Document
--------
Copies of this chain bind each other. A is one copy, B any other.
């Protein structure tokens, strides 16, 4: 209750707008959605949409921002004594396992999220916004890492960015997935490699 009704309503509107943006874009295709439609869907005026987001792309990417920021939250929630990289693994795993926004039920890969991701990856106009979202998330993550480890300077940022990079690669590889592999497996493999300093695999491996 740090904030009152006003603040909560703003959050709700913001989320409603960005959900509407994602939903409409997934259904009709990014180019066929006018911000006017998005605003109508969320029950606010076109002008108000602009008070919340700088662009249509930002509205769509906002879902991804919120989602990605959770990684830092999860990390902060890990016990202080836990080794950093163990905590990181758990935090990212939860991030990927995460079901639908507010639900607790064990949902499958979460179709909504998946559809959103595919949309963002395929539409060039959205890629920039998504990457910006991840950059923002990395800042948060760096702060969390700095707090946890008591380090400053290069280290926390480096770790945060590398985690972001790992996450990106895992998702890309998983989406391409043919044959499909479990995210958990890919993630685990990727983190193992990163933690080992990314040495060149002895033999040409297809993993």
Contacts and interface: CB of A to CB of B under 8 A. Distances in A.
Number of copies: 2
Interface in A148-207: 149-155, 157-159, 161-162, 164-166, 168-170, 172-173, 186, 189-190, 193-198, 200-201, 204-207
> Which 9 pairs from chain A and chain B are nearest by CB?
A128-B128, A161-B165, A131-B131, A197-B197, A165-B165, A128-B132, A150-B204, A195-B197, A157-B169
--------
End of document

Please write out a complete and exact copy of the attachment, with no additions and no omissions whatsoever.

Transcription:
Copies of this chain bind each other. A is one copy, B any other.
């Protein structure tokens, strides 16, 4: 209750707008959605949409921002004594396992999220916004890492960015997935490699 009704309503509107943006874009295709439609869907005026987001792309990417920021939250929630990289693994795993926004039920890969991701990856106009979202998330993550480890300077940022990079690669590889592999497996493999300093695999491996 740090904030009152006003603040909560703003959050709700913001989320409603960005959900509407994602939903409409997934259904009709990014180019066929006018911000006017998005605003109508969320029950606010076109002008108000602009008070919340700088662009249509930002509205769509906002879902991804919120989602990605959770990684830092999860990390902060890990016990202080836990080794950093163990905590990181758990935090990212939860991030990927995460079901639908507010639900607790064990949902499958979460179709909504998946559809959103595919949309963002395929539409060039959205890629920039998504990457910006991840950059923002990395800042948060760096702060969390700095707090946890008591380090400053290069280290926390480096770790945060590398985690972001790992996450990106895992998702890309998983989406391409043919044959499909479990995210958990890919993630685990990727983190193992990163933690080992990314040495060149002895033999040409297809993993």
Contacts and interface: CB of A to CB of B under 8 A. Distances in A.
Number of copies: 2
Interface in A148-207: 149-155, 157-159, 161-162, 164-166, 168-170, 172-173, 186, 189-190, 193-198, 200-201, 204-207
> Which 9 pairs from chain A and chain B are nearest by CB?
A128-B128, A161-B165, A131-B131, A197-B197, A165-B165, A128-B132, A150-B204, A195-B197, A157-B169